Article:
The assumption is, that the spin $S$ is a large parameter. A conjecture that is apparently not valid for $S=1/2$. The expansion is in $1/S$, which is assumend to be close to zero. $$S^+_j = \sqrt{2S-n_j}a^\dagger_j = \sqrt{2S}\sqrt{1-\frac{n_j}{2S}}a^\dagger_j\approx\sqrt{2S}\cdot\left(1-\frac{n_j}{4S}\right)a^\dagger_j$$ The second term, being of order ...

1

$[q_r q_s p_r , q_s p_r q_s]=q_r [q_s p_r , q_s p_r q_s ] + [q_r q_s , q_s p_r q_s]p_r=q_r q_s [p_r , q_s p_r q_s ] + q_r[q_s , q_s p_r q_s]p_r + q_r [q_s , q_s p_r q_s ]p_r + [q_r , q_s p_r q_s]q_s p_r$ Now only the last term is non-vanish because the others three have inside the commutators only operators that commutes one to each other. So: $[q_r q_s ... 3 Comments to the question: Under the ordering symbol (such as, e.g. normal ordering$:\ldots:$, time ordering$T(\ldots)$, radial ordering${\cal R}(\ldots)$, etc) all the operators (super)commute, e.g. $$: \hat{A}\hat{B}: ~=~ (-1)^{|\hat{A}||\hat{B}|}: \hat{B}\hat{A}:,$$ even if the (super)commutator$[\hat{A},\hat{B}]\neq 0$is non-vanishing. Ordering ... 1 You just made some math mistakes. You made a mistake when you did$Q = h\int_A kr$. You got$Q = h\pi k r^2$, but you should have gotten$Q = \frac{2}{3} h\pi k r^3$. Notice how this second expression has units of charge while the first one doesn't. Another mistake you make is that you say$\frac{1}{r} \frac{\partial rE(r)}{\partial r} = \frac{1}{r} ...

3

I slightly deviate from your notation and use $\phi$ to denote the scalar field as its more standard. Also I should point out that quantum fields are operators and thus under a transformation they get acted on from both the left and the right. The complex scalar field is given by, \phi (x) = \int \frac{ \,d^3p }{ (2\pi)^3 } \frac{1}{ ...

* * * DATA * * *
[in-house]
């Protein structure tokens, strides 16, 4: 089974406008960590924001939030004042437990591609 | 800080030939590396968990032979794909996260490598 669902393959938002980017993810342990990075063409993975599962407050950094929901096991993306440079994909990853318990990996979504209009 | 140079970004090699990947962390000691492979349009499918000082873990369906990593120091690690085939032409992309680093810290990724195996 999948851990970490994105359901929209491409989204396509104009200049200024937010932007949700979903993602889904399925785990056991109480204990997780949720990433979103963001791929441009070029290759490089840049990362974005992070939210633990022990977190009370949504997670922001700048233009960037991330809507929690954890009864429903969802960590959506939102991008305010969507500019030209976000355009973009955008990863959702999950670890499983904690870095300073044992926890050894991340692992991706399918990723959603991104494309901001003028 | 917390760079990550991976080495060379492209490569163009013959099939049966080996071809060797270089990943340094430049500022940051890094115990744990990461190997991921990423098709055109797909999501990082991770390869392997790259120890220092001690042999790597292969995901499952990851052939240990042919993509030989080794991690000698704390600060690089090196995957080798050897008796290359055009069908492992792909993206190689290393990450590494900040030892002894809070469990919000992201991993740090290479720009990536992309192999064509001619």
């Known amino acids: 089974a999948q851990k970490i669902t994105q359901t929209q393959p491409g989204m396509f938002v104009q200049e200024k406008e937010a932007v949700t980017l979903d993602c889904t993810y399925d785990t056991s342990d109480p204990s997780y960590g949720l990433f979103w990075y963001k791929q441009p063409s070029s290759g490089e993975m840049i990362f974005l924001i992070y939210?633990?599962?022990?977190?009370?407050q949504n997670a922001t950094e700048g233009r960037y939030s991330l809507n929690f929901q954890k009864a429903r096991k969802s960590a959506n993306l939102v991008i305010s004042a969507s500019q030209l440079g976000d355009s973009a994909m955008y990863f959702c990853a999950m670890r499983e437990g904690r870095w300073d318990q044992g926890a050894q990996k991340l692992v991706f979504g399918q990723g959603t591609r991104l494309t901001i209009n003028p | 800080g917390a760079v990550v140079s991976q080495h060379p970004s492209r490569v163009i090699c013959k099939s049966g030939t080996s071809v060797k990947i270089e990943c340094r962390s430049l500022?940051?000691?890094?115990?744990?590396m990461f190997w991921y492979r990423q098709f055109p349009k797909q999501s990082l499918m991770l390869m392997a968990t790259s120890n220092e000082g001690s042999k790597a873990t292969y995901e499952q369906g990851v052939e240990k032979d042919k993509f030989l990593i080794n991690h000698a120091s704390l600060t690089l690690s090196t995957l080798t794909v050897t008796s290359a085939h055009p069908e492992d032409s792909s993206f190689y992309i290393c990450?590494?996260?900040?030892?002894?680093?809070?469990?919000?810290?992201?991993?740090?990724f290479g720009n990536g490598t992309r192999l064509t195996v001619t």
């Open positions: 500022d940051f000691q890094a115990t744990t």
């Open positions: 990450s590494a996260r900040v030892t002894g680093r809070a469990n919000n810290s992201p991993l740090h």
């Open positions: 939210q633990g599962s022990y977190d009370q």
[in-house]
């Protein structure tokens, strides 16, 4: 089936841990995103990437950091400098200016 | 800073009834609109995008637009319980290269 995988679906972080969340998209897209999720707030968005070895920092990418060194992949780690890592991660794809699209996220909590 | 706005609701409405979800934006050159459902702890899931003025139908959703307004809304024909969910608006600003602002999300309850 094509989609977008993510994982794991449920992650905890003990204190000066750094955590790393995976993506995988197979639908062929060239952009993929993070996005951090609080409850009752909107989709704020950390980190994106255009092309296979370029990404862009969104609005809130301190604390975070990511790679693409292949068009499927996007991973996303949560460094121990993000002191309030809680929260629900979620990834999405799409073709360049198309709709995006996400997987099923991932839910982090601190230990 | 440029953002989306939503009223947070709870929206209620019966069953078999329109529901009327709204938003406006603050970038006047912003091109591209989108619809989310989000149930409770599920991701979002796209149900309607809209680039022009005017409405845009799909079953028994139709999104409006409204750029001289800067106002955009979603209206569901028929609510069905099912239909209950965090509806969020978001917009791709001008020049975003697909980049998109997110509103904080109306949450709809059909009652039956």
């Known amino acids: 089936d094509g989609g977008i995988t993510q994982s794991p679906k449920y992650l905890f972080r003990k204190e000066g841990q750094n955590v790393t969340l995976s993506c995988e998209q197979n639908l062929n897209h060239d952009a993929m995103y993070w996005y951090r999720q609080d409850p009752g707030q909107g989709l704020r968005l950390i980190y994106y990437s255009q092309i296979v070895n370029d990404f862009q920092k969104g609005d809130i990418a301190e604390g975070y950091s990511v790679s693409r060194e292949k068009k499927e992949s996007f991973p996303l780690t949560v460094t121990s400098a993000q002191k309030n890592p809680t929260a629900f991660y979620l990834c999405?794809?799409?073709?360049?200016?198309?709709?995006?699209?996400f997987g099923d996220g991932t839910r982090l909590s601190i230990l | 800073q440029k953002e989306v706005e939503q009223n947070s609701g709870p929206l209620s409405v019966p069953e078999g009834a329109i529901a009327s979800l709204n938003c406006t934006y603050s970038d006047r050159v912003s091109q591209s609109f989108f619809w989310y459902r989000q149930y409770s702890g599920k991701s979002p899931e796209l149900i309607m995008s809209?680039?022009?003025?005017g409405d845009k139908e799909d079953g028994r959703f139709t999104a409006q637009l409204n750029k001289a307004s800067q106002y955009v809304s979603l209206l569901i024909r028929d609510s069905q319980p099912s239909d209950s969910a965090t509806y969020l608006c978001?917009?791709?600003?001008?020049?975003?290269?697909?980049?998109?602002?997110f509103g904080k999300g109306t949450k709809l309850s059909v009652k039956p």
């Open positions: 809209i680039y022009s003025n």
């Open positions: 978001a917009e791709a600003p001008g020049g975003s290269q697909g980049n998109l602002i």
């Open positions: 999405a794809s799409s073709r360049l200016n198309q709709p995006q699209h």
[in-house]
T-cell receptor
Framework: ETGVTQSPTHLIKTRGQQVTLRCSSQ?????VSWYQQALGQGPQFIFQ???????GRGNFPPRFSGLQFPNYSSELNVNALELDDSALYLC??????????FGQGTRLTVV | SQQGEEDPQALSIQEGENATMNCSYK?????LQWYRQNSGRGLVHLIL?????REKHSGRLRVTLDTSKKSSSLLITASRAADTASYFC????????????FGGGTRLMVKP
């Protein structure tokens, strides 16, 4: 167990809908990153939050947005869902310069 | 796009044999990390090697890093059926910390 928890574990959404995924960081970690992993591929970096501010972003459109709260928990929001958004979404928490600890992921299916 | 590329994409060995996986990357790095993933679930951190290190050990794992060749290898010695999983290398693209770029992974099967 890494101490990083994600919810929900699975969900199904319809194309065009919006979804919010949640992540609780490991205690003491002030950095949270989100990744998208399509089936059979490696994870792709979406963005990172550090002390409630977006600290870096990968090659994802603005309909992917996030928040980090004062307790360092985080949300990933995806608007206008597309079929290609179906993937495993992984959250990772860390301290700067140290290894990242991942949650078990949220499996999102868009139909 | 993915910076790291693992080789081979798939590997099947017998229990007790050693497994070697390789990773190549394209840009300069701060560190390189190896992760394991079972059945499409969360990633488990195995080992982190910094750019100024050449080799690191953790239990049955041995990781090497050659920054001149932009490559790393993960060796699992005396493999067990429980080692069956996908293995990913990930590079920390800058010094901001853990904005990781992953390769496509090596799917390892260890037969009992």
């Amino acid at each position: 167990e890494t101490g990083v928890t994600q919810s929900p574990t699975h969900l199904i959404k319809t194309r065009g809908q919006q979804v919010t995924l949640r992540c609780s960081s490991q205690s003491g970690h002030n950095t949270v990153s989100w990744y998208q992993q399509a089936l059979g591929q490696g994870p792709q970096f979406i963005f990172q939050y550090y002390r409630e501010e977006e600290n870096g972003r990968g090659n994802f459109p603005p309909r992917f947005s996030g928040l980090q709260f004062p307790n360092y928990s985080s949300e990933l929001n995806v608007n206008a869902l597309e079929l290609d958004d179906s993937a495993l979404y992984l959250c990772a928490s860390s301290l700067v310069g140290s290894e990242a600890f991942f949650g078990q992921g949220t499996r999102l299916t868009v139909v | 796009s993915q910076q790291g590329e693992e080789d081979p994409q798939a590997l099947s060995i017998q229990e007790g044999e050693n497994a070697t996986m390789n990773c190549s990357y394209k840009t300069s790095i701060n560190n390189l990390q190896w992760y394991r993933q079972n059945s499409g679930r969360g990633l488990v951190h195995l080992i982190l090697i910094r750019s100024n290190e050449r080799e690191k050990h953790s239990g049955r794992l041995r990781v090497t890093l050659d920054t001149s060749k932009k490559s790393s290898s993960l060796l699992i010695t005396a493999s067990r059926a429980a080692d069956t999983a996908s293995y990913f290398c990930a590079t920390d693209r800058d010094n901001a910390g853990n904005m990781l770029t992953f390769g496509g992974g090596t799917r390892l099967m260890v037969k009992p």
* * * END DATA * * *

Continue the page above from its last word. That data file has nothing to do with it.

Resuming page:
4

The eigenvalue equation $$\tag{1} \hat{x}\psi(x)~=~x_0\psi(x)$$ in the standard Schrödinger position representation $$\tag{2} \hat{x}~=~x, \qquad \hat{p}~=~-i\hbar\frac{\partial}{\partial x},$$ reads $$\tag{3} (x-x_0)\psi(x)~=~0,$$ which has general solution $$\tag{4} \psi(x) ~\propto~ \delta(x-x_0).$$

-2

When two qm operators do not commute, it means that we are missing stuff in Nature. That is quantum mechanics is a theory of measurement but not of Nature because of non-commutation. Hence this means that the stuff we miss cannot be described by quantum mechanics, and this leads to the conclusion that qm is not a complete description of Nature.

4

The point is that, if you have a pair of operators $a,a^\dagger$ such that on a common invariant domain $S$, $[a,a^\dagger]= I$, $a^\dagger$ is the restriction of the adjoint of $a$ on $S$ and, in $S$, there is a unique vector $|0\rangle$ with $a|0\rangle=0$, then the closure space spanned by the $|n\rangle$ is isomorphic to $L^2(\mathbb R)$. In that space ...

3

A linear operator $A: D(A) \to {\cal H}$ with $D(A) \subset {\cal H}$ a subspace and ${\cal H}$ a Hilbert space (a normed space could be enough), is said to be bounded if: $$\sup_{\psi \in D(A)\:, ||\psi|| \neq 0} \frac{||A\psi||}{||\psi||} < +\infty\:.$$ In this case the LHS is indicated by $||A||$ and it is called the norm of $A$. Notice that, ...

1

Since $[\hat{p},\hat{T}]=0$ and $\hat{T}$ is unitary ($\hat{T}\hat{T}^{\dagger}=\hat{T}^{\dagger}\hat{T}= \mathbf{1}$) we have that $\hat{T}^{\dagger} \hat{p} \hat{T}= \hat{T}^{\dagger}\hat{T}\hat{p}=\hat{p}$. Edit after a question in the comments: $[\hat{T}, \hat{p}]=0$ holds. For simplicity let us use the $\hbar=1$ units. We know that ...